by Claire Miranda-Balba
In view of the magnitude of climate change and the extensive work done over the years to address the crisis, it is distressing to know that these various international climate negotiations that we as Civil Society Organizations (CSOs) have invested our time and efforts on, have shown very slow progress. Why? Because of political dynamics between governments. Diverse views and self-serving interests usually prevail between those who are eager to do something and save their people from catastrophic climate impacts, and those who seem willing to take action but will only do so in an outcome that is more favorable for them.
The Green Climate Fund is not exempted from this scenario. As crucial stakeholders, CSOs have witnessed through the years how Board Meetings served as battlegrounds of country fights. The 24 Members of the Board, equally represented by developing and developed countries, tasked to make consensus-based decisions when it comes to the management and operations of the Fund, have time and again made polarized positions, consequently impeding progress. Case in point – the mobilization of the USD 100 Billion (per year by 2020) to address the mitigation and adaptation needs of developing countries is a crucial task for Board Members (BMs).
However, steps to reaching the target remain unclear, with GCF Board Members barely agreeing on important matters. And usually, it’s a developing versus developed country fight. This has been the case for the last 22 Board Meetings, and was especially evident last July 2018 at the 20th Board Meeting in Songdo, where merely the adoption of the meeting agenda was wrangled over for 3 days. No approval of funding proposals was made. No deliberation of accreditation applications took place. And a lot of constituency consultations and outside board room negotiations were done. Clearly, a meeting that led to more delays rather than progress.
So amid these tensions and constituency battles, you might ask, how did the Board propose to move forward? By voting.
While the Board reaffirmed that decisions are still to be made based on consensus, voting procedures were proposed as the last resort to resolve differences. It came up as early as the 3rd GCF Board Meeting in Berlin, but has been deferred several times because – as many probably know by now – the Board can hardly agree on some things. Some proposed to apply a majority voting based on one vote per Board Member, while others suggested to link the votes of developed country BMs to their contributions. The constant deferral led to further delays in adopting important policies and approval of projects, including those that need urgent action, particularly matters related to replenishment and resource mobilization.
The debates and constant bantering among Board Members will probably run forever unless they all start focusing on what the Fund is about.
The proposal of linking voting rights with contributions, forwarded by developed country BMs, is very donor-driven and comparable to mechanisms implemented in multilateral banks offering climate finance. Unlike the GCF, these banks are accountable to their investors. If we apply the same structure to the GCF, the donors or developed country BMs serve as the investors, which explains why they have been acting like they own the Fund in Board Meetings. They forward conditions that strengthen the Fund’s governance structure, prioritize policy matters over resource mobilization, and now have proposed to shape Board decisions based on the amount of their contributions.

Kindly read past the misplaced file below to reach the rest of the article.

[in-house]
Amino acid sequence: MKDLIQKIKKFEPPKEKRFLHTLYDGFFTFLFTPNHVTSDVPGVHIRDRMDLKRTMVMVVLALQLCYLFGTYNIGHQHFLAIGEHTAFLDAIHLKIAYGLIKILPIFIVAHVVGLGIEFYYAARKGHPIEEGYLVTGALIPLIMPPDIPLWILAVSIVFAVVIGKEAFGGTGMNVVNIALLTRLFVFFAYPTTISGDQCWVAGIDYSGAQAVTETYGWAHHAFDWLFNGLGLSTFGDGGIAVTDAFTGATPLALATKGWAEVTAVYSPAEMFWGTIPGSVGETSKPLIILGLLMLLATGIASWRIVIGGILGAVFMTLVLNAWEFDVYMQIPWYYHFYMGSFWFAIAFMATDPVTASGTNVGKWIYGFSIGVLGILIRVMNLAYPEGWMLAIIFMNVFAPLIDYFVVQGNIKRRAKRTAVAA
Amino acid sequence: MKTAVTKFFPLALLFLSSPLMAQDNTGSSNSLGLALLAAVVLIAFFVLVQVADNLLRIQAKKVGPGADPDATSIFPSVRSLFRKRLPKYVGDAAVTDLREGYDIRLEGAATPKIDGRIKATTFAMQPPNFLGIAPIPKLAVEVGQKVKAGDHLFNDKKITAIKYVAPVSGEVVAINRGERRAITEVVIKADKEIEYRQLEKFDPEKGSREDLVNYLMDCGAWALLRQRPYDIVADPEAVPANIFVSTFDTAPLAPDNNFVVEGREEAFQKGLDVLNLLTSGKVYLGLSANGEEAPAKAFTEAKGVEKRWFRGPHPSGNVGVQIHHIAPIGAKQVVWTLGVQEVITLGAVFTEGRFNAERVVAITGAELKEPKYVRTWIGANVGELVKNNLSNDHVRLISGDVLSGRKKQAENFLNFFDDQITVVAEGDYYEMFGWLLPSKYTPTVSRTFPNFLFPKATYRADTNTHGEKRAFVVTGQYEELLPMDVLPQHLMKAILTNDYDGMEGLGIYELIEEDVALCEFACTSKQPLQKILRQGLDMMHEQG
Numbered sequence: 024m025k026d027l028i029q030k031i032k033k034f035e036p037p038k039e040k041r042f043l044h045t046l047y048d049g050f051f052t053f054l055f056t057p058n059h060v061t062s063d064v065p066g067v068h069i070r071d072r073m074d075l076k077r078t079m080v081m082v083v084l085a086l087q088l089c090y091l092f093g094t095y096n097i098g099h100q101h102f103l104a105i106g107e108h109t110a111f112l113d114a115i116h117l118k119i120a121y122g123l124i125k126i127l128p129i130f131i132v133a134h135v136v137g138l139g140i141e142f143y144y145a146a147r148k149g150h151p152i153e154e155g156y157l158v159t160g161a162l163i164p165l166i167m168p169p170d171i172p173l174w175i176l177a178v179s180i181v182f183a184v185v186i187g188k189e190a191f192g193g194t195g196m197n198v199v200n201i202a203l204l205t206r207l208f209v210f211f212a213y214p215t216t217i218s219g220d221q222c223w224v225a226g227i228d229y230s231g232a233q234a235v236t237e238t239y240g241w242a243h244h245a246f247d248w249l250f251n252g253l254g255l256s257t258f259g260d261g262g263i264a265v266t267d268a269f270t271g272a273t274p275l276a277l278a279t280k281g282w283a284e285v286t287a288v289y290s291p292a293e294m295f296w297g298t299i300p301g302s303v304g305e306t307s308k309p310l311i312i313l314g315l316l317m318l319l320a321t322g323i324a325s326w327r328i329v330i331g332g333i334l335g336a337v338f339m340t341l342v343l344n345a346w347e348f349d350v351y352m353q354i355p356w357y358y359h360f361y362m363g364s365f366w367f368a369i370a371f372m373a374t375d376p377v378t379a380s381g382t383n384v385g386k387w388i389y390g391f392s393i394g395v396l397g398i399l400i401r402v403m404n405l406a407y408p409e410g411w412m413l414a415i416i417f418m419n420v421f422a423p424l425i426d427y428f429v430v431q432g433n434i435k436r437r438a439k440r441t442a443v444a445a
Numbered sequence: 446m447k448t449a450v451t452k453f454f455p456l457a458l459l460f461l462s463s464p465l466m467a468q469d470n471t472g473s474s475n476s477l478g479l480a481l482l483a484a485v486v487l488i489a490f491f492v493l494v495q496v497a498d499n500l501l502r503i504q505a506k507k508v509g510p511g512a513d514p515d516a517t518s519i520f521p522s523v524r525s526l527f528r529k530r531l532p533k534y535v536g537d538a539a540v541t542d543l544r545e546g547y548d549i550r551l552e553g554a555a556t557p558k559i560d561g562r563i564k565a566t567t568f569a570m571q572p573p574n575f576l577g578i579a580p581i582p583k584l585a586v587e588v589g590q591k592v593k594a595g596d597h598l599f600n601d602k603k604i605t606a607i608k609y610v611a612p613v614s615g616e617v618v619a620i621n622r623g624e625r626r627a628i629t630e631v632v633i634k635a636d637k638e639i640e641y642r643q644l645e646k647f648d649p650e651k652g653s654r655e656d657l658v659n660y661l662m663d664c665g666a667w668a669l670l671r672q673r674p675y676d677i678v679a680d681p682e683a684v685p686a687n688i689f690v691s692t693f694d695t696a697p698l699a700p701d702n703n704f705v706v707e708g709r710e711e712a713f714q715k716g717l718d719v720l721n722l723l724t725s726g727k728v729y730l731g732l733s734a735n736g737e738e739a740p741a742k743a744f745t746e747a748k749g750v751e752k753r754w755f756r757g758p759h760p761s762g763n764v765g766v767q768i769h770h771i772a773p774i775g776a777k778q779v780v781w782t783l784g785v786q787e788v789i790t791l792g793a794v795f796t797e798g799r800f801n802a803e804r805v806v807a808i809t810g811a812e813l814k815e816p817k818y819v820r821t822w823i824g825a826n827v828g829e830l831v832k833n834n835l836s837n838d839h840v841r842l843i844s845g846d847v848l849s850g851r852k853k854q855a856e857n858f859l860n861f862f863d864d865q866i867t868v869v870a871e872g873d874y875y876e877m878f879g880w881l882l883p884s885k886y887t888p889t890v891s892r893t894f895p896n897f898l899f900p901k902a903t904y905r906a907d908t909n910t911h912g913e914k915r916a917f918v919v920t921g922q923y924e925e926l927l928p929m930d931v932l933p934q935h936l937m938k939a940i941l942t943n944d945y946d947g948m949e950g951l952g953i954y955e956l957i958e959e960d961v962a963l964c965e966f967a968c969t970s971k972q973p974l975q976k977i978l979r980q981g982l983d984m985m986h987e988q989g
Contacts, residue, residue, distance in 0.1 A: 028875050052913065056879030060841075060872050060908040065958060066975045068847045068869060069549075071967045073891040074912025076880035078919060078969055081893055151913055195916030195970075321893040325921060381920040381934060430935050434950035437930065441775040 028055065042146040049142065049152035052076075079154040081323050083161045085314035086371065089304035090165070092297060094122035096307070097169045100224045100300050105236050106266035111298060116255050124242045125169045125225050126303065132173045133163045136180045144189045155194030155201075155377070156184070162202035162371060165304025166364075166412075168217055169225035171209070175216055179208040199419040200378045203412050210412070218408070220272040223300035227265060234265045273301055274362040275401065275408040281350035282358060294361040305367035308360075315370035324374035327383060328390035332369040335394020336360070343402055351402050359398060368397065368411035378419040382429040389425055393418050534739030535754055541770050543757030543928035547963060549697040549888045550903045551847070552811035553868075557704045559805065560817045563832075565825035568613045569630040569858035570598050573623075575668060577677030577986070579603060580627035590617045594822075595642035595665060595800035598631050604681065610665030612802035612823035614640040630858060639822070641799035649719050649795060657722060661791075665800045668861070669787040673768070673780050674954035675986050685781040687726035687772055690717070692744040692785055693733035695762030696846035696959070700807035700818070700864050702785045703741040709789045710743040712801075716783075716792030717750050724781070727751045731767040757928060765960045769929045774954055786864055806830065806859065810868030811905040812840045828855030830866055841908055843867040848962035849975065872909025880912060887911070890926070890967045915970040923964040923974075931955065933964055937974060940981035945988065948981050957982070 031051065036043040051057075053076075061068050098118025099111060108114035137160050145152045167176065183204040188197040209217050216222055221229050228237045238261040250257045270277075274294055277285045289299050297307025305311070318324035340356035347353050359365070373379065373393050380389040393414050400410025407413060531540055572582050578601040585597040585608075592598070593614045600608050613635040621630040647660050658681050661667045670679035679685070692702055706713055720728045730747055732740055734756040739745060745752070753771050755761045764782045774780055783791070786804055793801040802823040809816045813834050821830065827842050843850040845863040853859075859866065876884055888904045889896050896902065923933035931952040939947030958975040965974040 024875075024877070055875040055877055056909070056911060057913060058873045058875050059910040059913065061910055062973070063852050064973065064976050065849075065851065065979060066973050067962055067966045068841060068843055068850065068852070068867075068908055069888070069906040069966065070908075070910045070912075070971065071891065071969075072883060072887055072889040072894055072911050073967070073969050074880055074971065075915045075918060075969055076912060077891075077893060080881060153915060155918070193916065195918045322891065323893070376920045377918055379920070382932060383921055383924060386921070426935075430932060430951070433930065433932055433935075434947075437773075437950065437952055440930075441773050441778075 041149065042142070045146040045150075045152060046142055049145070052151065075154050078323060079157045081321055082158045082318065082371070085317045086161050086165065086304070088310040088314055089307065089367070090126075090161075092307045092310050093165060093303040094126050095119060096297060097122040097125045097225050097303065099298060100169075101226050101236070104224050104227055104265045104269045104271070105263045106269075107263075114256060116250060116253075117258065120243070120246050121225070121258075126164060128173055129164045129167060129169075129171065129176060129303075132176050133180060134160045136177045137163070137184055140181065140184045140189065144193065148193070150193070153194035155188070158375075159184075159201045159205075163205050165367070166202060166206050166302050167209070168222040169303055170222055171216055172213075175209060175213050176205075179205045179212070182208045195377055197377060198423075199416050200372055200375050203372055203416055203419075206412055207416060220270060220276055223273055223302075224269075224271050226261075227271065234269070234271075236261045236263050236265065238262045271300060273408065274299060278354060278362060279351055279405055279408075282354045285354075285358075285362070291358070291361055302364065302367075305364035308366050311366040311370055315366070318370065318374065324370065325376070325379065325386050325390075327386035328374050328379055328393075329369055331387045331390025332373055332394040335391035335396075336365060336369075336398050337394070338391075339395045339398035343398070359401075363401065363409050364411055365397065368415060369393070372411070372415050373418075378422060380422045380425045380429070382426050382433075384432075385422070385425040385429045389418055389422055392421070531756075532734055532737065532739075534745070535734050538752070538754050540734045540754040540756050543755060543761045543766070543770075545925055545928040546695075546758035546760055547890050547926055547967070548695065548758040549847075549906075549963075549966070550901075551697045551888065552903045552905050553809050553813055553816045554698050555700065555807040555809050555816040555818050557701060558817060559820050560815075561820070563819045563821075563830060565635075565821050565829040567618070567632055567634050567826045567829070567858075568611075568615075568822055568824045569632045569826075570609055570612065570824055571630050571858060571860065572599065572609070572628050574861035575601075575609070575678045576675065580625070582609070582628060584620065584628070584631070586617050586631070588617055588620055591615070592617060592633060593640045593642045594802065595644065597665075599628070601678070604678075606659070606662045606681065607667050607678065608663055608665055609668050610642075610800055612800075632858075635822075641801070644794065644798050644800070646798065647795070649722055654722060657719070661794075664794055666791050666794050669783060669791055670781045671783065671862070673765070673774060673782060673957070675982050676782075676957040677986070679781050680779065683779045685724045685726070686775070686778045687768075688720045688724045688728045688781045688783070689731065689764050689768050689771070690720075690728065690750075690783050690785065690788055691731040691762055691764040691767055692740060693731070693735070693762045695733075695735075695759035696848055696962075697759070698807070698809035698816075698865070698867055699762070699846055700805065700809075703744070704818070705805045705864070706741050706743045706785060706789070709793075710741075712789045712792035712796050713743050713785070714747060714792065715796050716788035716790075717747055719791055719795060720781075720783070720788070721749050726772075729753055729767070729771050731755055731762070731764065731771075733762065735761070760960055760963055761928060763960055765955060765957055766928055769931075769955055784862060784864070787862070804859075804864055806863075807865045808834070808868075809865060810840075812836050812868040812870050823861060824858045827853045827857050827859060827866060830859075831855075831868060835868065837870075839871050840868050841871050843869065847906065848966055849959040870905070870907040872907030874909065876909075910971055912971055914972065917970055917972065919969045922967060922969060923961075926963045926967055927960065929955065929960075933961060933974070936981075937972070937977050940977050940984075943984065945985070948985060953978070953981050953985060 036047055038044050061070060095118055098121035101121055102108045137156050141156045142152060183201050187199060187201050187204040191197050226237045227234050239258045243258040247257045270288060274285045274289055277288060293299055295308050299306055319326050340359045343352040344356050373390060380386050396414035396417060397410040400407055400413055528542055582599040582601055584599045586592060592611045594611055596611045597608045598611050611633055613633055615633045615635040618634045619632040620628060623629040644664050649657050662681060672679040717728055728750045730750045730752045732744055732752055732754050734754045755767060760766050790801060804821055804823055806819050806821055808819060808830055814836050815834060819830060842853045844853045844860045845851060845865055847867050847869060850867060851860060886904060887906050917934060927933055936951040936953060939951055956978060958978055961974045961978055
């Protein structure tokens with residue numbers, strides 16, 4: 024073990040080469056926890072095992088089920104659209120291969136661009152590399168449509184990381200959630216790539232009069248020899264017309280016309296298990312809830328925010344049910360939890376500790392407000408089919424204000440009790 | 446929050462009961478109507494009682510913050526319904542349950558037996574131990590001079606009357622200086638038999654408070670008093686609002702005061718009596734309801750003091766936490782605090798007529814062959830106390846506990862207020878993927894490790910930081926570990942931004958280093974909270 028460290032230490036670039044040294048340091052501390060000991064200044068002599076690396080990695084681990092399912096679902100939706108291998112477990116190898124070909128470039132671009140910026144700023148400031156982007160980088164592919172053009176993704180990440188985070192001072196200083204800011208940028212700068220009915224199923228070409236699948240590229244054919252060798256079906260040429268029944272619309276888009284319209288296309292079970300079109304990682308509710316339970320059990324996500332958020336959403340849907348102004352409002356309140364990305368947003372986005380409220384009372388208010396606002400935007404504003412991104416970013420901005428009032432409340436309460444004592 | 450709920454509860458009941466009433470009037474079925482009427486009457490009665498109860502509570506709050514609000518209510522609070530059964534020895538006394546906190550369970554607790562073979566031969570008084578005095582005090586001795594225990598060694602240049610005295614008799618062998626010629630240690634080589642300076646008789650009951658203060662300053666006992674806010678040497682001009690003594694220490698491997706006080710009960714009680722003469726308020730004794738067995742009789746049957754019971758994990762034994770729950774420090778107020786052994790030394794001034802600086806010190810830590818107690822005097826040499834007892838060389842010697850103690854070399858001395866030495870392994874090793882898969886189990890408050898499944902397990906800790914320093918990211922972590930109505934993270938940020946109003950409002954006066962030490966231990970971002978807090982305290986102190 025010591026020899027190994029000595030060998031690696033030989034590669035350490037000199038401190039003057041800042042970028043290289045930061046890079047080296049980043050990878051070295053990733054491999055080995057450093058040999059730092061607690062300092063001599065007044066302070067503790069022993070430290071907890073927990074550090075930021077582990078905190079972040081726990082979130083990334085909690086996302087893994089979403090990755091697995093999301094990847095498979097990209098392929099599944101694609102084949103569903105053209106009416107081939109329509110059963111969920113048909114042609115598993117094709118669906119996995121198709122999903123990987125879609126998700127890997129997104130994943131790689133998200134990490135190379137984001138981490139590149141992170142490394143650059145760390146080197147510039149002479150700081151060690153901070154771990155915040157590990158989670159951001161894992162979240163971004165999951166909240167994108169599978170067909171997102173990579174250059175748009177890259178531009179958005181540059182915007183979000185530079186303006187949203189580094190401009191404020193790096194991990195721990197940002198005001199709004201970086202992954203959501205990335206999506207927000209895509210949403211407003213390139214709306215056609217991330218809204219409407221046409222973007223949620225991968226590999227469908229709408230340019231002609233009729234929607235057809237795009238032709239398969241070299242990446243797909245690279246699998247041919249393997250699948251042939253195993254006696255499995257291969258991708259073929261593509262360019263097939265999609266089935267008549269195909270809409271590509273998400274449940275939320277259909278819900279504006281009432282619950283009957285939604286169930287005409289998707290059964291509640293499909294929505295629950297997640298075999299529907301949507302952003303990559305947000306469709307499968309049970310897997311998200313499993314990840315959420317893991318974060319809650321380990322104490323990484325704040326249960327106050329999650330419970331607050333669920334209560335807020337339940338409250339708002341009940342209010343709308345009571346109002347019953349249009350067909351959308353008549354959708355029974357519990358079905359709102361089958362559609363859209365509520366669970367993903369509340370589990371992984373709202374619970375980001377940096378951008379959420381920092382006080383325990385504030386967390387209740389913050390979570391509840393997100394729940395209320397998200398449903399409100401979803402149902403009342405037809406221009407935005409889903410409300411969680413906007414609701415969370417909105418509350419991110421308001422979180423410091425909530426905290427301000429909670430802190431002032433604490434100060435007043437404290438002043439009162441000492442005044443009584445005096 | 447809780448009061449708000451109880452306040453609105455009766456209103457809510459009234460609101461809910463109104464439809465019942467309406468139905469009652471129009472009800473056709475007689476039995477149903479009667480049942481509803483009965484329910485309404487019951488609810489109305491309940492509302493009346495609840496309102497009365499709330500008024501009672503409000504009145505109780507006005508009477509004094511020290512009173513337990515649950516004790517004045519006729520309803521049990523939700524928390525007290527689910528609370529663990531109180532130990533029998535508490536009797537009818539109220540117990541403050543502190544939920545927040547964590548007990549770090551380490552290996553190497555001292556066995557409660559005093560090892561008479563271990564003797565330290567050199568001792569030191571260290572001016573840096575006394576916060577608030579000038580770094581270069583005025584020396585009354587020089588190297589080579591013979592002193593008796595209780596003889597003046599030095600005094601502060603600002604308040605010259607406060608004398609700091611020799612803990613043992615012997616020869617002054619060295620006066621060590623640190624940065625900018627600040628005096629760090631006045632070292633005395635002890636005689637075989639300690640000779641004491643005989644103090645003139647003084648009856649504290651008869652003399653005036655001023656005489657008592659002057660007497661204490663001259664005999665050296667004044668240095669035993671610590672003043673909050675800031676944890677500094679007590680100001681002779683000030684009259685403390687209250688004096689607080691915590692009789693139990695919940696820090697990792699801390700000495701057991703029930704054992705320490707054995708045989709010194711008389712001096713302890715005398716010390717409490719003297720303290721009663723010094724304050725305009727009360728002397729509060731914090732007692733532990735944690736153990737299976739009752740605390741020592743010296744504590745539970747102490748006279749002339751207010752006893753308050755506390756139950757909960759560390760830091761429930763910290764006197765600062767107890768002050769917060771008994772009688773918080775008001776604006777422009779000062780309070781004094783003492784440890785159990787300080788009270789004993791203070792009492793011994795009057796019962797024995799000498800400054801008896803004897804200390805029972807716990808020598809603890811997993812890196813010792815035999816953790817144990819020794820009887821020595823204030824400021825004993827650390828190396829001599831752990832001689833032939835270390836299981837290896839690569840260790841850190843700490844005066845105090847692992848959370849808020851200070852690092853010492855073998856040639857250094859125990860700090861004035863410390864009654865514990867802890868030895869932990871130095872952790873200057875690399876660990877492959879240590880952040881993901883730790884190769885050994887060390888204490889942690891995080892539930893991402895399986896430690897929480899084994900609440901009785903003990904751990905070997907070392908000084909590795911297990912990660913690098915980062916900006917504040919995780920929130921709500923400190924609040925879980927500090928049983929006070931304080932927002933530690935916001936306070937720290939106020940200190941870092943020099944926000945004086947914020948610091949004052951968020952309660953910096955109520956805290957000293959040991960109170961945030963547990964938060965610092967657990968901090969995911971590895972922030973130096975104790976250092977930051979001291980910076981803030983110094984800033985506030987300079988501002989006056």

The Green Climate Fund was not created like that. It was established according to the principles of the United Nations Framework Convention on Climate Change (UNFCCC) that ensures a country-driven approach, and is intended to support vulnerable nations in limiting their greenhouse gas (GHG) emissions and in adapting to the climate crisis. The Fund is not accountable to its investors or donors, but to the people in need of support. The GCF is actually the realization of the developed countries’ responsibility and debt payment to the billions of people suffering from the devastating climate impacts they did not create. Developing country BMs may appear non-cooperative whenever they refuse to discuss anything other than replenishment and securing direct access to resources of the most vulnerable, but they get it and have been standing by the purpose of the Fund. They may urge the Board to approve projects almost easily, but they do to save their people. They understand that if there will be no climate finance, mitigation and adaptation actions will be impossible, and limiting the atmospheric warming to 1.5°C can no longer be realized.
I know, these meetings are wasting the limited time we have for climate action. But as CSOs committed to make sure the Fund is effective, equitable and ambitious, we cannot let donor-driven or profit-oriented interests hamper the progress that needed to happen yesterday. Board Members, government officials, negotiators, and key stakeholders, have to be reminded about the real reason why urgent action is needed, why climate finance is essential and why the GCF was created. And why stalling to reach an ambitious and just agreement should never be an option.